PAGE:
Thackeray: the Sentimental Cynic

Thackeray: the Sentimental Cynic

Thackeray: the Sentimental Cynic

Thackeray: the Sentimental Cynic

Excerpt

The reader who picks up this book expecting a full-dress biography of Thackeray will be disappointed. A minute proportion of the thousands of known facts about his life are included. This study is, if anything at all, a chronicle of Thackeray's attitudes. To achieve this goal I have attempted to trace his conduct during the major crises of his life in terms of those attitudes. Secondly, I have had my fling at what is now a prevailing activity among Thackeray biographies: the detection of more or less unsuspected, quasi-biographical elements in the major novels. This seems to me part and parcel of the study of an author's attitudes, since those attitudes control to a large extent the insertion of his own experience into his work.

Any author's experience will of course be altered to a greater or less degree as it finds its way into his books. This fact hardly needs repetition were it not that present-day reviewers so often attack biographers for explaining a creative process as conscious, when in fact they never meant to interpret it as other than subconscious.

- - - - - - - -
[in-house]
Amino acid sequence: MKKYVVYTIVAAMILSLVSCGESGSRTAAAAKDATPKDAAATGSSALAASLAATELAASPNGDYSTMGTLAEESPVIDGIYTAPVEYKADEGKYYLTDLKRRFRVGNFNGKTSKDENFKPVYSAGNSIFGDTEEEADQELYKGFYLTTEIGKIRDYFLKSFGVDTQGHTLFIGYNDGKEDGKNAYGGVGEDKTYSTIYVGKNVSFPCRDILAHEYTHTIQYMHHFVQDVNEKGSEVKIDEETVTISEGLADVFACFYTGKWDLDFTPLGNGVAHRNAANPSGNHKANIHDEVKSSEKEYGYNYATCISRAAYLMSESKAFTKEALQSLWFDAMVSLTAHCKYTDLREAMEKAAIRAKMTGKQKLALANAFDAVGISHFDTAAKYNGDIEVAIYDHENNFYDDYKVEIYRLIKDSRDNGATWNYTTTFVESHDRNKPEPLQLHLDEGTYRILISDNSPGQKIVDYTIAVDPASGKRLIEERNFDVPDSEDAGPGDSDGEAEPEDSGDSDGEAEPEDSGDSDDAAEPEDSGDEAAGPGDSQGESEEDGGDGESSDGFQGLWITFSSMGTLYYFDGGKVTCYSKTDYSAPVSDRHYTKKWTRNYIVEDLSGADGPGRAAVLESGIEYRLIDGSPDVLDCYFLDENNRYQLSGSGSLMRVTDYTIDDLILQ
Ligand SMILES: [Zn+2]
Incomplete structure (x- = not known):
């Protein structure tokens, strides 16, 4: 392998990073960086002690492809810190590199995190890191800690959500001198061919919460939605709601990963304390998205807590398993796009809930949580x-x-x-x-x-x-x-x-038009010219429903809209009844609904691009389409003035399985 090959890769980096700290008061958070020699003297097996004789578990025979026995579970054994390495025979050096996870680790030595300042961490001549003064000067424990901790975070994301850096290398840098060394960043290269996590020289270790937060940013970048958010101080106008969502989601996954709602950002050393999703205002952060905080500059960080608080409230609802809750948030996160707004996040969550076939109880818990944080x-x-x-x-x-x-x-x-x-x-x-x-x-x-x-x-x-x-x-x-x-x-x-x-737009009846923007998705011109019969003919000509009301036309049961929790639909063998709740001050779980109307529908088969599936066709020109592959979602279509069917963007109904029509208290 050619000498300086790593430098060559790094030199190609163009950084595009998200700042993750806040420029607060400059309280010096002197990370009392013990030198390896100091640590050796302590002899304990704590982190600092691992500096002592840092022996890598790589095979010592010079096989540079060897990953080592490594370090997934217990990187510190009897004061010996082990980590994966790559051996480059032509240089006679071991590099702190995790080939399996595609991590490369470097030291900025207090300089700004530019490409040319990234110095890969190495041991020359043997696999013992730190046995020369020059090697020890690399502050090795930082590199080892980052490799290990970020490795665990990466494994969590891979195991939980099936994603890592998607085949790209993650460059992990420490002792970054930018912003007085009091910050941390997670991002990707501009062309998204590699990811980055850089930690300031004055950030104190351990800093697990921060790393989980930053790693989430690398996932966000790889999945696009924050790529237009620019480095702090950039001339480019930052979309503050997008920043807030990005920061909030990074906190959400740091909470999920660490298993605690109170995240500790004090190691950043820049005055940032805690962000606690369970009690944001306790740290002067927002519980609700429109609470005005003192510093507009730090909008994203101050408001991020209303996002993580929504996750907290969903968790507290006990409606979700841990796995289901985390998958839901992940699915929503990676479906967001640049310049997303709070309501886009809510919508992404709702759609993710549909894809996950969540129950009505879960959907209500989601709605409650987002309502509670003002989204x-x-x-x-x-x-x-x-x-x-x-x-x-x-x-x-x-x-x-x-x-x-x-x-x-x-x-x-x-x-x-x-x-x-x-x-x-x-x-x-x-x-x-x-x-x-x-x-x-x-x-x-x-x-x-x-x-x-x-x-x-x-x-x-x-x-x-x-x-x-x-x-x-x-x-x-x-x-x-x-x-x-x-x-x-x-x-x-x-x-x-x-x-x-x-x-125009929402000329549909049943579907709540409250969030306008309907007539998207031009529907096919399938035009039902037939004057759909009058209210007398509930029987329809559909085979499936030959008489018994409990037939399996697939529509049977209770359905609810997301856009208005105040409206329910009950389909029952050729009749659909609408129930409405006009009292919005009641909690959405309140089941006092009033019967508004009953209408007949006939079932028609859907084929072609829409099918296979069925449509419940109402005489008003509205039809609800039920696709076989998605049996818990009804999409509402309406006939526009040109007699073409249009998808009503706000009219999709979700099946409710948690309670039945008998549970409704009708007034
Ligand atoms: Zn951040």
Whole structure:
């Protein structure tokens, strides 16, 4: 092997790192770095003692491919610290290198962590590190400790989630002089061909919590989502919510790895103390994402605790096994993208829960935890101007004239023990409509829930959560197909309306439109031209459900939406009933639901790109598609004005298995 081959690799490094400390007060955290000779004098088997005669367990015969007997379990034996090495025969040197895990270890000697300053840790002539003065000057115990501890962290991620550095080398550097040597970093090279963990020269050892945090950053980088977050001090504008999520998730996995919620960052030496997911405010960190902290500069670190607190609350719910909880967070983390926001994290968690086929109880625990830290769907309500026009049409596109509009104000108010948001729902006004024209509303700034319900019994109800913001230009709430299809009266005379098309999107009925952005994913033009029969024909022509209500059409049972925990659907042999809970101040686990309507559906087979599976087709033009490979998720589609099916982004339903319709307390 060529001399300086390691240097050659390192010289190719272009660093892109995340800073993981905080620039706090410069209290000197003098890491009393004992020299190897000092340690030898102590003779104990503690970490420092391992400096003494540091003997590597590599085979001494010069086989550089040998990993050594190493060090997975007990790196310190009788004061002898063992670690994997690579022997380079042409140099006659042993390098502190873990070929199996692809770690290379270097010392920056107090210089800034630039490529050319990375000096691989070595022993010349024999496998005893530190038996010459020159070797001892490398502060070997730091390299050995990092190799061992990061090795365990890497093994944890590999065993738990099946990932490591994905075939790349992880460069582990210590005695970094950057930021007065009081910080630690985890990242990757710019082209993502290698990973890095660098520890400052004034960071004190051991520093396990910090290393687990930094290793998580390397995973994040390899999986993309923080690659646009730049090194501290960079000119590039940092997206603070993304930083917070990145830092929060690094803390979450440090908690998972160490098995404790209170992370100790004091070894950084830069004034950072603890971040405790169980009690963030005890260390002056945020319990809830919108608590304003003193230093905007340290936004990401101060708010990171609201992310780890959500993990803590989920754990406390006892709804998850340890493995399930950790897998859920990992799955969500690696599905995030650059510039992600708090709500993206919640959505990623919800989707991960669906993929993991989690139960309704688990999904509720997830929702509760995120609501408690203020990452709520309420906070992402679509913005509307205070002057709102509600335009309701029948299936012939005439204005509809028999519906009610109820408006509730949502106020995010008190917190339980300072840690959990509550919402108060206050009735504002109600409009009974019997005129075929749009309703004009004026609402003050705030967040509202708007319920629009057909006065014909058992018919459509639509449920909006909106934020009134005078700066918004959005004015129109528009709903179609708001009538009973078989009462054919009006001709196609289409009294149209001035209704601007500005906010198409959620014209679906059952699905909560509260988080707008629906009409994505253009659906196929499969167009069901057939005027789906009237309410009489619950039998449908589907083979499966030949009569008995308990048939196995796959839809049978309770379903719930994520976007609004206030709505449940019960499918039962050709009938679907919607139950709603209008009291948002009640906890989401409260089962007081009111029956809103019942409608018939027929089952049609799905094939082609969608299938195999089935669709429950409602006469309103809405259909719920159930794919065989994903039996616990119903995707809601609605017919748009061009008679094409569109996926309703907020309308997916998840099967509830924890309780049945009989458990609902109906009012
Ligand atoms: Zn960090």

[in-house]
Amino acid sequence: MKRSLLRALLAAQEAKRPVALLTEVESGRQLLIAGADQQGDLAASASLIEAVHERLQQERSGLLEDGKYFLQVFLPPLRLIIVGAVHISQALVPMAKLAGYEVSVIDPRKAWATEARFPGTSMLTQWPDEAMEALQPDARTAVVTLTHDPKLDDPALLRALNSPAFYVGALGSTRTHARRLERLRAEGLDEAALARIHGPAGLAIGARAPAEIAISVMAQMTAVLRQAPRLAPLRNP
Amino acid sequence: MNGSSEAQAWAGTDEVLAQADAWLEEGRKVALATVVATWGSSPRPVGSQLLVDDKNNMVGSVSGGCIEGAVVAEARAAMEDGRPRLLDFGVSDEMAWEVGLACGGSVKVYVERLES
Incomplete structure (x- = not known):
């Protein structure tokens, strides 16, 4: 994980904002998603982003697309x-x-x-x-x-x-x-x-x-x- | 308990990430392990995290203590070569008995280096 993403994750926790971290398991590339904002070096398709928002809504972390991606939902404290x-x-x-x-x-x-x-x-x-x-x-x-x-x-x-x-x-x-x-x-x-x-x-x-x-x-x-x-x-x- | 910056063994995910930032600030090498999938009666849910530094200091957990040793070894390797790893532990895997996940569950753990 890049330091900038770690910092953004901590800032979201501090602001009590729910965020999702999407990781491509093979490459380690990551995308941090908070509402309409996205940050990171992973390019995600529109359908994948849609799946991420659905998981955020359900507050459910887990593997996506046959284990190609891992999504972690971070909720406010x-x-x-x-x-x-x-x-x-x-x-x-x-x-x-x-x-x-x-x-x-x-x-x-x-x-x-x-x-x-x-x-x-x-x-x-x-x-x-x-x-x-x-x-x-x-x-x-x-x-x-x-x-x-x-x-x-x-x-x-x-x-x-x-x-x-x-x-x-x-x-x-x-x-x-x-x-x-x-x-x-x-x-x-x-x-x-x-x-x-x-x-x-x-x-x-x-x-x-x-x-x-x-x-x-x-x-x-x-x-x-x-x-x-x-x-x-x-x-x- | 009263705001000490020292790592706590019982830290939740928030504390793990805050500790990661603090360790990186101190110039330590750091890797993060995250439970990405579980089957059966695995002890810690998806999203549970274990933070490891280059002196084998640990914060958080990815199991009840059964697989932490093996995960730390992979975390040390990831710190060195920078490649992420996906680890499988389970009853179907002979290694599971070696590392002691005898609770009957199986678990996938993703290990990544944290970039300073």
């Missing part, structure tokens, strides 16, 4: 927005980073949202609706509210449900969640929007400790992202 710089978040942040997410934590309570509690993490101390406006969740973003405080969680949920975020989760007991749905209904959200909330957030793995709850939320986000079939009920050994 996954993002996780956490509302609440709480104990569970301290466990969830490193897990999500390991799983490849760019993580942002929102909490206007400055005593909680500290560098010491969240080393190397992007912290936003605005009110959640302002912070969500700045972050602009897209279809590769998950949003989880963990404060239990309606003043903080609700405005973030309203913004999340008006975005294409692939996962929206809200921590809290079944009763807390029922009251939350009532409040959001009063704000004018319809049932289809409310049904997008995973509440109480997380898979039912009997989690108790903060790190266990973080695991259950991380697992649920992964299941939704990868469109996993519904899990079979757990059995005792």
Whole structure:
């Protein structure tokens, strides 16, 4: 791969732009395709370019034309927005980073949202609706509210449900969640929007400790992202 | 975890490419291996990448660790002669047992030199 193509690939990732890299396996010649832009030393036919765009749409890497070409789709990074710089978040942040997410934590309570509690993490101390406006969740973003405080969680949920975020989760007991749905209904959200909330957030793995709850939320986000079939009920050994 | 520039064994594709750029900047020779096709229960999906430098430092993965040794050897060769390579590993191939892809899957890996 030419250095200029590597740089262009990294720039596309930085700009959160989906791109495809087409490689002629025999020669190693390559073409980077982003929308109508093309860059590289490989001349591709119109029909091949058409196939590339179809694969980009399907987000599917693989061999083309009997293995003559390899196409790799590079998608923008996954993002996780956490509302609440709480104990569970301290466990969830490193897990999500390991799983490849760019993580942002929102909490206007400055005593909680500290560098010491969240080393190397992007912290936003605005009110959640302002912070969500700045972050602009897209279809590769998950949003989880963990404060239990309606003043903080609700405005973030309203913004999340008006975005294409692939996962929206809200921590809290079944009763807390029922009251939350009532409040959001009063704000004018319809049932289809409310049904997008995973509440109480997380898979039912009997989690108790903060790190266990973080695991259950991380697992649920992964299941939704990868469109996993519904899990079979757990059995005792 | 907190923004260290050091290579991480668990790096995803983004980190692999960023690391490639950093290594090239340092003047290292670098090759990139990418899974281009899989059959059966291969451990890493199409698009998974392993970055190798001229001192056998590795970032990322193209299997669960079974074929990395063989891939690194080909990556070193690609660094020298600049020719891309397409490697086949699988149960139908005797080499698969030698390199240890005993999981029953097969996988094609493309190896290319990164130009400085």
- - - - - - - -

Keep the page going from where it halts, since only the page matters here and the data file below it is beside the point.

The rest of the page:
It is almost supererogation to say that this book could not have been written without the help of Professor Gordon N. Ray edition of The Letters and Private Papers of William Makepeace Thackeray. Whenever I have quoted from this work, I have preserved Thackeray's spelling and punctuation intact, but have regularized such orthographical conventions as the writing of w for "which." I am further indebted to Professor Ray for his careful reading of this manuscript, his many valuable suggestions, and his permission to use certain items in his vast, unpublished store of Thackerayan lore.

I am also grateful to Mrs. Hester Thackeray Ritchie Fuller for permission to quote from the text of the correspondence in The Letters and Private Papers and to The Harvard University Press for allowing me to copy certain editorial matter in that edition. The Oxford University Press has graciously accorded me permission to quote from Professor J. Y. T. Greig Thackeray:
A Reconsideration
and Charles Scribner's Sons to use material from Professor Lionel Stevenson's The Showman of Vanity Fair.

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